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A company I worked for had a big problem. They didn't use privilege separation anywhere. Network team had full root. Database team had full root. SRE had full root. System Administrators had full root. Managers had full root. Did I say "everywhere?" Yeah, everywhere, for every one of those teams and all of their staff.

Naturally, things would break - files would be deleted - systems would get misconfigured. This was a huge problem. The company needed to know and know now - Who let the dogs out?.

While enforcing proper sudo use (and limitations to who can access root and where/how) was not within my ability at the company, I could at least protect myself. The company supposedly had a keylogger on production systems, but - well, that's a story for another time and it didn't work.

Giving myself deniability

At this company I was tedious about making sure that the changes I made were documented. I mean this both in the actual company wiki/document repository regarding how things worked, but also within the issue-tracking system and procedural-logs to refer to and log individual changes also. When (inevitably) things would break, I just wanted the ability to comfortably say "It wasn't me."

"What about just keeping .bash_history files?" I'm glad you asked. Shell history files are fantasticly useful. Unfortunately, without some modifications, certain shells will not write out the history file unless the session is exited cleanly. Thus, having something like an SSH timeout sever your session can result in the history not being written out. Also, you'll see in the example below that seeing the command which was run does not always tell the whole story of what happened.

sudoreplay at a glance

Ever since it was first available, I've loved sudoreplay. In other sudo documentation I've published I love pointing out how useful sudoreplay is - especially with regarding editor sessions. sudoreplay ties in with sudo to allow you to replay (in time) sudo output logs.

Consider - without sudoreplay - you see this in a sudo log from an employee who has rights to edit this file on purpose:

firstuser$ sudoedit /etc/ourcustom.conf

10 minutes later, another user edits the file.

anotheruser$ sudoedit /etc/ourcustom.conf

Now imagine you're in such a bad place that there's no git/RCS/other management of this file. The configuration is now broken and the service won't start. Who did it?

With sudoreplay (and enabling log_input/log_output into your sudoers file) you could replace the editor session - and in realtime see the exact edits made by both users.

Keylogging myself with sudo

I wanted to have sessions of all work I had done, so anytime a question came up (even if only a question from myself, "Did I make a typo?", etc) I could answer it.

I wanted something semi-native (I did not want to spend all day searching online for something) and that I could consider secure. Since I was already familiar with sudo - and it was already installed on my workstation - it was definitely my golden hammer.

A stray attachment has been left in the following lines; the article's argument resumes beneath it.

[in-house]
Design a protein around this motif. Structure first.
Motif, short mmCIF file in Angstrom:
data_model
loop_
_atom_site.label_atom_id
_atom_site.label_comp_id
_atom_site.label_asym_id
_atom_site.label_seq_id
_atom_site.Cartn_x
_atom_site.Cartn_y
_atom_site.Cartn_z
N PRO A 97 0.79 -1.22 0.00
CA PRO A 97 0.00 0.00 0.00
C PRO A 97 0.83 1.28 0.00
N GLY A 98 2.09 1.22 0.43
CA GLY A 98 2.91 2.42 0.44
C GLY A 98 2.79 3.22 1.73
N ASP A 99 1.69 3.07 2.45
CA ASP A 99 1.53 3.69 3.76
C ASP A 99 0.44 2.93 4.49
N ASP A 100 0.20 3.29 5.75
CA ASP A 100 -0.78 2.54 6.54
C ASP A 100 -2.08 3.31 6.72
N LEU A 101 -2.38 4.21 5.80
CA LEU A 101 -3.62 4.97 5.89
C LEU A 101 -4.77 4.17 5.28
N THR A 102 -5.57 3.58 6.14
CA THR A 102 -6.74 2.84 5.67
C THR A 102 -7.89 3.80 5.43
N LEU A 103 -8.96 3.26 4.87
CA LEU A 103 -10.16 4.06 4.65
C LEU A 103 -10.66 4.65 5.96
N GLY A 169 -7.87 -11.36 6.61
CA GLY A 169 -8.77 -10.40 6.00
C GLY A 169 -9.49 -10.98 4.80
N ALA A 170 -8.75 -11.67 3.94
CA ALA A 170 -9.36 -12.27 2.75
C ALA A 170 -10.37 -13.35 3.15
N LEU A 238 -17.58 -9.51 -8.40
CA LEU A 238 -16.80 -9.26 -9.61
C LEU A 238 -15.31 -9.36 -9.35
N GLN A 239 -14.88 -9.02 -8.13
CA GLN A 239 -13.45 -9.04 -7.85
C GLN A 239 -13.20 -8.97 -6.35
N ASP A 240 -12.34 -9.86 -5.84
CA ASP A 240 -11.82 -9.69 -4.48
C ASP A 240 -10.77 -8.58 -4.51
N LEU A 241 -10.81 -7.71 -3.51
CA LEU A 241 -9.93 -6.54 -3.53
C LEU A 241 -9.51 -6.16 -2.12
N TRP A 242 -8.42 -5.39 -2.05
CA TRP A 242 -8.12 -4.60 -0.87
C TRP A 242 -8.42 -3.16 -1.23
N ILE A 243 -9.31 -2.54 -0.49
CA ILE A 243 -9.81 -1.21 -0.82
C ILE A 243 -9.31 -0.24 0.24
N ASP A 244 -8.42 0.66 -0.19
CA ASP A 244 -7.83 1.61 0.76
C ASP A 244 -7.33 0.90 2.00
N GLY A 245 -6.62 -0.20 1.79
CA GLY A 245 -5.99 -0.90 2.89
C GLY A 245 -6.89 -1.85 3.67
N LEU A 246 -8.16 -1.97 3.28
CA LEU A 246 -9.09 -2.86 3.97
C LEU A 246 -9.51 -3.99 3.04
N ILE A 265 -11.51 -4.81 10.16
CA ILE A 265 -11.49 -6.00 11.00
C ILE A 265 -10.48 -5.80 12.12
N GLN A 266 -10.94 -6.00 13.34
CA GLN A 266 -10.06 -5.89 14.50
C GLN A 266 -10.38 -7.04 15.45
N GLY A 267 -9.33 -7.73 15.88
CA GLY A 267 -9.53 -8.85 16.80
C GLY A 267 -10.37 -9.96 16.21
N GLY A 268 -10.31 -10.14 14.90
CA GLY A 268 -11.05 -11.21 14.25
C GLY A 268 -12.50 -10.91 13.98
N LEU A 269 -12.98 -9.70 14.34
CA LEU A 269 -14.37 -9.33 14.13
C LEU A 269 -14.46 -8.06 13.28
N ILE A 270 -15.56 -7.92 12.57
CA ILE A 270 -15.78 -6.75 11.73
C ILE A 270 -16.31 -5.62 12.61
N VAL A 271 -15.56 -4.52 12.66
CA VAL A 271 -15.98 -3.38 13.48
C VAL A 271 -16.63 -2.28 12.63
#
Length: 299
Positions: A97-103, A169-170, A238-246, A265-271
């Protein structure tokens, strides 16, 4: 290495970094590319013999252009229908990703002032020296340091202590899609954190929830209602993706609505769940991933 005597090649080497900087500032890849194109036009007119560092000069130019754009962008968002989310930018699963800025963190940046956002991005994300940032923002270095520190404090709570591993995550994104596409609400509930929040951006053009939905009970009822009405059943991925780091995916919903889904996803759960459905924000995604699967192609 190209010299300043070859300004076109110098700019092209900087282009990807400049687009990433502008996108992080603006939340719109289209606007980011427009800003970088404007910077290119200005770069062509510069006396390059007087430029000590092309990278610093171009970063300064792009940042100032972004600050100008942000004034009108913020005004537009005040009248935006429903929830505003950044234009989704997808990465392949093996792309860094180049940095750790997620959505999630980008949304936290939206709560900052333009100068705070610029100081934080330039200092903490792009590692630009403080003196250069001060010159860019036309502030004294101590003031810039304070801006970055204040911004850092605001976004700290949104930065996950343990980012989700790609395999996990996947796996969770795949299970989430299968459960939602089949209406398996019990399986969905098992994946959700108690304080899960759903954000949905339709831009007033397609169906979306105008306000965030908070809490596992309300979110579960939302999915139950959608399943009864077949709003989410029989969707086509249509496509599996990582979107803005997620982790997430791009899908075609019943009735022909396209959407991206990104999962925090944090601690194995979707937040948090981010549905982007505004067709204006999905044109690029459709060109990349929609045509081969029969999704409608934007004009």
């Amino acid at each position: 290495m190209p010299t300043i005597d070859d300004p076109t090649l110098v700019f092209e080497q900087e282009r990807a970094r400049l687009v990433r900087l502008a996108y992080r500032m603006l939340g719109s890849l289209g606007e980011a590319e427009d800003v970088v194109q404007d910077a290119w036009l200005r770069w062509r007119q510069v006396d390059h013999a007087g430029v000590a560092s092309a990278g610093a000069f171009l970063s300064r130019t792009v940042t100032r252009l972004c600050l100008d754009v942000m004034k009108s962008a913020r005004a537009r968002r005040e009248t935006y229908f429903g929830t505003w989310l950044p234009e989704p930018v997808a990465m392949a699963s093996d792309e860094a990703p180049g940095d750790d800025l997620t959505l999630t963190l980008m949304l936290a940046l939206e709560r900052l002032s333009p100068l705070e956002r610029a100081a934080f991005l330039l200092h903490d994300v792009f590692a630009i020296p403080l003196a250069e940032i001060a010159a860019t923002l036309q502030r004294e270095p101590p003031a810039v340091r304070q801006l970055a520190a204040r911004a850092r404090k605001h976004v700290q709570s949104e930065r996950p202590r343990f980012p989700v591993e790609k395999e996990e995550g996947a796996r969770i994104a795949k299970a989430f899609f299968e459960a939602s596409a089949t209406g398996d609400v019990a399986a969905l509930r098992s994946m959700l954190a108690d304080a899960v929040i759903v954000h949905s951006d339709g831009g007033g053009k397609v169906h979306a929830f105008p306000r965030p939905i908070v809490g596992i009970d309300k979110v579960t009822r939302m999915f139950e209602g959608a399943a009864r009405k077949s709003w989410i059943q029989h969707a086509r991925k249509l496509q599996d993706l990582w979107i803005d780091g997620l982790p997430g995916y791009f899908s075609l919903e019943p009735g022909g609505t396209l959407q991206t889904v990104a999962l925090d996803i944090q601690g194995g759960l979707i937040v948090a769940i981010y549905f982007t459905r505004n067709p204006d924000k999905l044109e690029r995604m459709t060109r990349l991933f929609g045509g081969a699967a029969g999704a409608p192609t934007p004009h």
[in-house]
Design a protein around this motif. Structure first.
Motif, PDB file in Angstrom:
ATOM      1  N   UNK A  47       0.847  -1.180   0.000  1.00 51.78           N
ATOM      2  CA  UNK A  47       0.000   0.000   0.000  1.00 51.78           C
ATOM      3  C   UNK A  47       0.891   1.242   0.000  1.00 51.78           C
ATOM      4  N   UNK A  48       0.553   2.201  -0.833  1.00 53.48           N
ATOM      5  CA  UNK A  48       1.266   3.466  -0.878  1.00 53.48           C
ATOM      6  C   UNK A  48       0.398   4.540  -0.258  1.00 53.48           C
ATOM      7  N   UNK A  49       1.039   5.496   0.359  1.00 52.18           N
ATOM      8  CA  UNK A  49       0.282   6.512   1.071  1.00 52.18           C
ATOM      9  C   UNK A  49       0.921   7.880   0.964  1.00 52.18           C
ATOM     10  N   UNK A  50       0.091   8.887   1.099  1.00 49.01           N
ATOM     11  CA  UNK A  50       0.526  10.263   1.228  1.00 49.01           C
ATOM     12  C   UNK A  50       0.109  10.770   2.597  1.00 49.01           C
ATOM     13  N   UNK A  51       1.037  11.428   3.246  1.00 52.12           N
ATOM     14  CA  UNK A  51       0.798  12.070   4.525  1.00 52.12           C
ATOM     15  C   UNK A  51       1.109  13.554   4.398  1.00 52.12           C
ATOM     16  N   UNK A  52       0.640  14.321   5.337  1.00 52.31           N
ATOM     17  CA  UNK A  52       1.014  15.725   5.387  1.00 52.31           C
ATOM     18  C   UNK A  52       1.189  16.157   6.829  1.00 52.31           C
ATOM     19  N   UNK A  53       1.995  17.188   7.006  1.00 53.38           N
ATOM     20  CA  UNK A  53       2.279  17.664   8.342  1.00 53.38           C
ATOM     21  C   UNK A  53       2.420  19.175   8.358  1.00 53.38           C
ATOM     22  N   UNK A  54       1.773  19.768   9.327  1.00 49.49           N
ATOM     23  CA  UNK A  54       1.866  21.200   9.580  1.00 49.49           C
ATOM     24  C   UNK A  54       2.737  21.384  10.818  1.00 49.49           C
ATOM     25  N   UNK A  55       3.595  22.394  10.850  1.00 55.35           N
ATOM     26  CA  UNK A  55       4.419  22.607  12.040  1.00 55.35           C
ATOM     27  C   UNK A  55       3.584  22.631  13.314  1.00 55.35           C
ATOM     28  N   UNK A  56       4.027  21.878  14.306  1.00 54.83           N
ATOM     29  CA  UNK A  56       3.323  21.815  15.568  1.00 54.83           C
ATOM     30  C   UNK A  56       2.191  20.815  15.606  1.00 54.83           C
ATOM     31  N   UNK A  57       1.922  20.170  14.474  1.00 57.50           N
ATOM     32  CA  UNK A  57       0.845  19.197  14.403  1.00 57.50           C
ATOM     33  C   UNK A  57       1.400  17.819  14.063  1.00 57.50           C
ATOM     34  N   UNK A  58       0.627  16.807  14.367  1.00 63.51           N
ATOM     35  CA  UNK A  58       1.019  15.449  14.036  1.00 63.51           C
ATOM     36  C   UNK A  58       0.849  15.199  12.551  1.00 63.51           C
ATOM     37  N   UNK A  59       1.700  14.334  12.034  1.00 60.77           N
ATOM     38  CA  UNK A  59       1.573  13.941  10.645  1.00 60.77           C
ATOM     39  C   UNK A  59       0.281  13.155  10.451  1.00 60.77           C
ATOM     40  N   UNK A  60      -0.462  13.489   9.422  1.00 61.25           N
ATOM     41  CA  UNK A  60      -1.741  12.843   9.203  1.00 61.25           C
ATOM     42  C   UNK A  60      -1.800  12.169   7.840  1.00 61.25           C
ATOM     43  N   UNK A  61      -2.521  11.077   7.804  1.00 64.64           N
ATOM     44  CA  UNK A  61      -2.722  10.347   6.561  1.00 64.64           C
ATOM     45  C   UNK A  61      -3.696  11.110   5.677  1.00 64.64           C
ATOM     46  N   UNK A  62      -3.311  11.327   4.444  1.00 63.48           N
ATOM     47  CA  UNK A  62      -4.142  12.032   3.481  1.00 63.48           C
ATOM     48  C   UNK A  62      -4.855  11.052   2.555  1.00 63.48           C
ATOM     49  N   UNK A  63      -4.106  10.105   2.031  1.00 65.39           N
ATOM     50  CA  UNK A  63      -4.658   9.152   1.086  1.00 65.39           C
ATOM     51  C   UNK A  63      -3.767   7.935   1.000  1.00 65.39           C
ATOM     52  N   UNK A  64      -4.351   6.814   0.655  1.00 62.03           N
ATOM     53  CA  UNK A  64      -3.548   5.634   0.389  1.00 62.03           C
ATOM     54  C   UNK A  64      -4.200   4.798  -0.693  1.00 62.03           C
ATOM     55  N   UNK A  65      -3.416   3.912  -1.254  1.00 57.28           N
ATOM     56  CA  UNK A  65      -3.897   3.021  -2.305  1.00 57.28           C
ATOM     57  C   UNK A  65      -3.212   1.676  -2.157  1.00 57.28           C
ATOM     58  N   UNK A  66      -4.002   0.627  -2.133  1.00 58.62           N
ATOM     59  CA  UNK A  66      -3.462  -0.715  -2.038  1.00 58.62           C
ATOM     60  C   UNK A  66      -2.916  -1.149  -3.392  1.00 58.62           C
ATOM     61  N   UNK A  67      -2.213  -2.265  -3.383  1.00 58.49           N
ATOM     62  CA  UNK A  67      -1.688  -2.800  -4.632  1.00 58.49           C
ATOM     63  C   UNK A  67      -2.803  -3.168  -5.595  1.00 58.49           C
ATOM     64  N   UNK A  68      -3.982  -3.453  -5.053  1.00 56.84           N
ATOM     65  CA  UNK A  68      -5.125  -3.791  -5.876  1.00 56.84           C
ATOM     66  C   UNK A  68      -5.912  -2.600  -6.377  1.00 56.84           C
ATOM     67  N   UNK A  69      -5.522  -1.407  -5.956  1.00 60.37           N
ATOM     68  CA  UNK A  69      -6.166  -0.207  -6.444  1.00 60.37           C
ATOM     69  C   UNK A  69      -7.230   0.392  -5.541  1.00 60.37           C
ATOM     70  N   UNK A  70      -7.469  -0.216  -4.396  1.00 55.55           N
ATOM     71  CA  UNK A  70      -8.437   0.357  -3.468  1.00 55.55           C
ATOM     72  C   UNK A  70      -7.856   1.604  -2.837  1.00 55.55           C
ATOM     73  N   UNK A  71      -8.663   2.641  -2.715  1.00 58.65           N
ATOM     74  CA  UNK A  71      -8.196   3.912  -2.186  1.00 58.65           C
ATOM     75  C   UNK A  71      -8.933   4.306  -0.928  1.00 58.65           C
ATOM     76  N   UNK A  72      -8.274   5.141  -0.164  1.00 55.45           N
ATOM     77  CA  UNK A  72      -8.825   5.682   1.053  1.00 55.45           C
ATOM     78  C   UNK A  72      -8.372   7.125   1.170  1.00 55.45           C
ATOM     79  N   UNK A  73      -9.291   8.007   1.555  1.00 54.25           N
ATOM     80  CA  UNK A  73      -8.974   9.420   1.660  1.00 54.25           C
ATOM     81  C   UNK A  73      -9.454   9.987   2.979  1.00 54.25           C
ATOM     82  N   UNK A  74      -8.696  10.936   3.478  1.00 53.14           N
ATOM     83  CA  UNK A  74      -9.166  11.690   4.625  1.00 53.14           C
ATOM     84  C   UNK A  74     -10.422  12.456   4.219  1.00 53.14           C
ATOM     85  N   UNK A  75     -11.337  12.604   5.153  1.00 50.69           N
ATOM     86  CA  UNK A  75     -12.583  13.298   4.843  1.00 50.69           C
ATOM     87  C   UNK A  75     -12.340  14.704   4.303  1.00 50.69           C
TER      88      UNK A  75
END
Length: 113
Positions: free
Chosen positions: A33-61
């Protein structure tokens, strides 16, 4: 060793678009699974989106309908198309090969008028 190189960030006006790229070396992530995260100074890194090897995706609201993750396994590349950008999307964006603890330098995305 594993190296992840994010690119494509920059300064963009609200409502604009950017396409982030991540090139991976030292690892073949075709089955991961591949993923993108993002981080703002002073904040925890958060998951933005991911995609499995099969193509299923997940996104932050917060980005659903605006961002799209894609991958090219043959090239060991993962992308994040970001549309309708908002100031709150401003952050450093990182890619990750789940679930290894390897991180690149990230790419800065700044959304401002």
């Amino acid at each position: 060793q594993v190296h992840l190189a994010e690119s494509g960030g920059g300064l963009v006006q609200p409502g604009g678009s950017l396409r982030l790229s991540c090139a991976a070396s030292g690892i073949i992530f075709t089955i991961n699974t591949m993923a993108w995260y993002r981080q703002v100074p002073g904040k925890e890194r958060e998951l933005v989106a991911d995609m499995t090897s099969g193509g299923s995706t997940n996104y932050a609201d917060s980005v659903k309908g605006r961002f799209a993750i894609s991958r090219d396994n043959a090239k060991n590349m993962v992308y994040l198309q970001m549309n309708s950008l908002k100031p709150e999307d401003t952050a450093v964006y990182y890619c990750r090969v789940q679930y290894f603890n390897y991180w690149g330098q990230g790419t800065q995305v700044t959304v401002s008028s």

"But sudoreplay only works to replace sudo logs, certainly you aren't doing everything as root, are you?" Great assessment. That's right. sudoreplay is useful to replay sudo logs, and usually when I mention this unique use for it as protection/keylogging people familiar to some extents with sudo ask why I would do everything as root. The answer? I don't. sudo logs sudo sessions. sudo sessions are not strictly for elevating to root.

My setup

First, to avoid the "do everything as root" - consider:

Defaults log_input, log_output
dayid maleah=(dayid) NOPASSWD: SETENV: ALL

OK, so I can do everything I want, as myself, without a password. What good is that? Well - as I said before - sudo does not have to be using the root user as the target.
Follow more:

16:04 dayid@maleah:~$ alias logme='/usr/local/bin/sudo -i -u dayid'
16:05 dayid@maleah:~$ logme
16:07 dayid@maleah:~$ 

Now I also have a simple bash alias to allow myself to... become myself? Yes! a 'myself' that is now within a sudo session and is thus being logged!

Without attaching video here this is truly a pinnacle "see for yourself" moment - once you're in this logged subshell/sudo session, open an editor and do whatever you'd like. Save the file (or not). List the session via sudoreplay -l, then play it back:

$ doas sudoreplay -l | tail -n 1
Feb 18 16:15:12 2021 : dayid : TTY=/dev/ttyp3 ; CWD=/home/dayid ; USER=root ; ; TSID=00008O ; COMMAND=/usr/local/bin/vim -- /etc/ourcustom.conf 
$ doas sudoreplay 0008O

sidenote: yes, I am mixing doas on my OpenBSD workstation with sudo. I keep sudo on this workstation to both allow me a place to test work-related sudo policies as well as for this sudoreplay function. If you are trying to do this on a Linux system then your similar command to list replay sessions would be just "sudo sudoreplay -l".

If seeing the editor session replayed at realtime speed (which you can fast-forward and slow as your desire) isn't useful/impressive to you - then you can probably stop now.

Less and less useful - thank goodness!

Fortunately these days I spend less and less time having to do rogue/terrible things directly on production machines - so using the above as a safety mechanism to cover myself and have logging/accountability even when the employer doesn't is not completely as useful. However, I have found that it is still very useful when first learning new things or working through documenting a new procedure. This allows me to dynamically explore and go through the whole procedure and - even allowing mistakes - replay it again to clean it up and document it later. This has been much more useful than trying to keep multiple windows open - one with an interactive shell and another with notes.txt - or try to rely on a shell history to document something later.

The bad

The good